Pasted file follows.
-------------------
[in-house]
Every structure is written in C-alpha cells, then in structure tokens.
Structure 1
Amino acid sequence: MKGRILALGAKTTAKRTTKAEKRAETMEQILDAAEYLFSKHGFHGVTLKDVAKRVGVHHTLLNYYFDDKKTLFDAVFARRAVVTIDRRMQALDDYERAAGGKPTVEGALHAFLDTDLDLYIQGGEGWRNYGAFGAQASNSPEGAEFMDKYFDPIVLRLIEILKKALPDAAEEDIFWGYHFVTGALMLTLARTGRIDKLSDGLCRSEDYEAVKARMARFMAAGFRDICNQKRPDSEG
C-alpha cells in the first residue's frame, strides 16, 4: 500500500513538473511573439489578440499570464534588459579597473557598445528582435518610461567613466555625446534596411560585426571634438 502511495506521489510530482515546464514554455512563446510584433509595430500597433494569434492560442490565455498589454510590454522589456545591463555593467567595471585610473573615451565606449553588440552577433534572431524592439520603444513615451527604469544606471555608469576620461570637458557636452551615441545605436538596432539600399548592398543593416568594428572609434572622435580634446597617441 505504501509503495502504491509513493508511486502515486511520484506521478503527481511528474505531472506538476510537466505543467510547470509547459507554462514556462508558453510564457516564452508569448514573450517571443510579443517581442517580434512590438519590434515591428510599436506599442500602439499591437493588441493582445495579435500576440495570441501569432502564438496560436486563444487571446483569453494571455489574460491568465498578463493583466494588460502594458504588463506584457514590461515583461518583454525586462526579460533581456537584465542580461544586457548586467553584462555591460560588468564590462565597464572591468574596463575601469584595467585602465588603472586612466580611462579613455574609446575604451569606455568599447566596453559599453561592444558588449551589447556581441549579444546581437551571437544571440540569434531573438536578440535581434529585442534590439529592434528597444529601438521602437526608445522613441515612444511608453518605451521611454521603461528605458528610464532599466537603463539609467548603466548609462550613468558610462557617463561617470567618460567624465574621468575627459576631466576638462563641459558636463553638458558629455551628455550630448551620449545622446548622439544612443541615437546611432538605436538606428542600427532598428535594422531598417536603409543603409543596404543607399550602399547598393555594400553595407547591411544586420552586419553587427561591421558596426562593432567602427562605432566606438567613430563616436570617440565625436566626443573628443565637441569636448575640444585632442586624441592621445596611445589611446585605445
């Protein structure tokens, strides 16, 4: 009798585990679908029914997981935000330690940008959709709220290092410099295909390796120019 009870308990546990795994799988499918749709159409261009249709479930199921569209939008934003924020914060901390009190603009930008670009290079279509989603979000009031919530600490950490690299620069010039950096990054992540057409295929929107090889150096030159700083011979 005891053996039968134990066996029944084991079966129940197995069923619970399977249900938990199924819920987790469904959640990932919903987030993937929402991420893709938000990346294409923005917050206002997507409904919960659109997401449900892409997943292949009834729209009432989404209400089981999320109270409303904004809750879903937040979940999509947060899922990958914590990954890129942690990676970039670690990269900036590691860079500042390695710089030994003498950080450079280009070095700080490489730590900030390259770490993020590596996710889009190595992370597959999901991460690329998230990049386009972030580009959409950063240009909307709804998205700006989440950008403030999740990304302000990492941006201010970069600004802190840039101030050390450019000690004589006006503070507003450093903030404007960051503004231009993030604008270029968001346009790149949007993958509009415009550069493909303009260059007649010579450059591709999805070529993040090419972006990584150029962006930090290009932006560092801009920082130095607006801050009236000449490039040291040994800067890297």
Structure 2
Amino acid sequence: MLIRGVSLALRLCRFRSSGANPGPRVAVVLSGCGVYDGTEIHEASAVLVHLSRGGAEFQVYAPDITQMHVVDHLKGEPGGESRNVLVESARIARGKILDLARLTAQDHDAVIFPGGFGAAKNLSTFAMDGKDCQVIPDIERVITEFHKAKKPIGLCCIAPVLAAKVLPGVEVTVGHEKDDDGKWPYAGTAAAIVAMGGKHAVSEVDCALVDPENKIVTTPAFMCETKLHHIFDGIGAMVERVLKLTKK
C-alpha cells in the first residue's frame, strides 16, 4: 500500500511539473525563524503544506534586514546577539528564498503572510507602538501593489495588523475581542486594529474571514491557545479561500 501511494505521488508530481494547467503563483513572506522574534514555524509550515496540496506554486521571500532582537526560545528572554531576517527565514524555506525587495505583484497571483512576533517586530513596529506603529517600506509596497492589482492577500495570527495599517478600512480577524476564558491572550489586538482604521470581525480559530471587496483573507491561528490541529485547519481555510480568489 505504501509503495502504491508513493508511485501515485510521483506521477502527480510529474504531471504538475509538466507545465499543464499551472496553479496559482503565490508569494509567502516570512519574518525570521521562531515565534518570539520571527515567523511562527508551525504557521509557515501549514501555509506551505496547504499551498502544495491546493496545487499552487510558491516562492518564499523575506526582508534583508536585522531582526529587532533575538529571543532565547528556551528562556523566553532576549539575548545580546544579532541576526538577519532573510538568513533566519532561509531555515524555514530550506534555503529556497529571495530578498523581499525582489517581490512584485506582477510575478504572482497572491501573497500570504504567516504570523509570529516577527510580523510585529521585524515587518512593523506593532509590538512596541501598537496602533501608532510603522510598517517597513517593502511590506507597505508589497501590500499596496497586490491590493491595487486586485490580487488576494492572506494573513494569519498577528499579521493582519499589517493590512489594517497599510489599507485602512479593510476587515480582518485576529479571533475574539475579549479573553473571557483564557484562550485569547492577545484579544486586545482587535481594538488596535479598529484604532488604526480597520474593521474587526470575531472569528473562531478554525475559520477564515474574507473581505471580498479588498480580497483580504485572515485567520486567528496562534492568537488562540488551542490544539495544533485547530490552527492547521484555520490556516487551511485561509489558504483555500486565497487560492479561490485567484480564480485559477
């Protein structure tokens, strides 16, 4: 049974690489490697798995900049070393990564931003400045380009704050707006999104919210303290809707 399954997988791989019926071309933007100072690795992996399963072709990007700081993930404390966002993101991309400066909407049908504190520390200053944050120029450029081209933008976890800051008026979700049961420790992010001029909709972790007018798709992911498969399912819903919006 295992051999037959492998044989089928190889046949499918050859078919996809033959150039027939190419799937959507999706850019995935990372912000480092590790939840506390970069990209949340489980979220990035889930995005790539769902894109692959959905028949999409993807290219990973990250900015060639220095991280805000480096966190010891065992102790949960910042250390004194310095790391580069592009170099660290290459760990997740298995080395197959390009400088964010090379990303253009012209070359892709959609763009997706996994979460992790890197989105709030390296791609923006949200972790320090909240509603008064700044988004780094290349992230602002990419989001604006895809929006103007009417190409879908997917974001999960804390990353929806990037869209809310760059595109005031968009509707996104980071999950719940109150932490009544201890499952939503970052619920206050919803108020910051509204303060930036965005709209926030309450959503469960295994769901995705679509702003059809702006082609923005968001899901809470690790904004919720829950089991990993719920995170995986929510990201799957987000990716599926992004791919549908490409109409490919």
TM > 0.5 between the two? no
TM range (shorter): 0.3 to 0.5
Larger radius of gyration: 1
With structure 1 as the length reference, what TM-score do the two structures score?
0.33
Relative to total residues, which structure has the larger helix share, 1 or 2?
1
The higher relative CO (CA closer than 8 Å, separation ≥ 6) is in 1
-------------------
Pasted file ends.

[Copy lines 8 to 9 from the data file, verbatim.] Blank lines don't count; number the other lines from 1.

Amino acid sequence: MLIRGVSLALRLCRFRSSGANPGPRVAVVLSGCGVYDGTEIHEASAVLVHLSRGGAEFQVYAPDITQMHVVDHLKGEPGGESRNVLVESARIARGKILDLARLTAQDHDAVIFPGGFGAAKNLSTFAMDGKDCQVIPDIERVITEFHKAKKPIGLCCIAPVLAAKVLPGVEVTVGHEKDDDGKWPYAGTAAAIVAMGGKHAVSEVDCALVDPENKIVTTPAFMCETKLHHIFDGIGAMVERVLKLTKK
C-alpha cells in the first residue's frame, strides 16, 4: 500500500511539473525563524503544506534586514546577539528564498503572510507602538501593489495588523475581542486594529474571514491557545479561500 501511494505521488508530481494547467503563483513572506522574534514555524509550515496540496506554486521571500532582537526560545528572554531576517527565514524555506525587495505583484497571483512576533517586530513596529506603529517600506509596497492589482492577500495570527495599517478600512480577524476564558491572550489586538482604521470581525480559530471587496483573507491561528490541529485547519481555510480568489 505504501509503495502504491508513493508511485501515485510521483506521477502527480510529474504531471504538475509538466507545465499543464499551472496553479496559482503565490508569494509567502516570512519574518525570521521562531515565534518570539520571527515567523511562527508551525504557521509557515501549514501555509506551505496547504499551498502544495491546493496545487499552487510558491516562492518564499523575506526582508534583508536585522531582526529587532533575538529571543532565547528556551528562556523566553532576549539575548545580546544579532541576526538577519532573510538568513533566519532561509531555515524555514530550506534555503529556497529571495530578498523581499525582489517581490512584485506582477510575478504572482497572491501573497500570504504567516504570523509570529516577527510580523510585529521585524515587518512593523506593532509590538512596541501598537496602533501608532510603522510598517517597513517593502511590506507597505508589497501590500499596496497586490491590493491595487486586485490580487488576494492572506494573513494569519498577528499579521493582519499589517493590512489594517497599510489599507485602512479593510476587515480582518485576529479571533475574539475579549479573553473571557483564557484562550485569547492577545484579544486586545482587535481594538488596535479598529484604532488604526480597520474593521474587526470575531472569528473562531478554525475559520477564515474574507473581505471580498479588498480580497483580504485572515485567520486567528496562534492568537488562540488551542490544539495544533485547530490552527492547521484555520490556516487551511485561509489558504483555500486565497487560492479561490485567484480564480485559477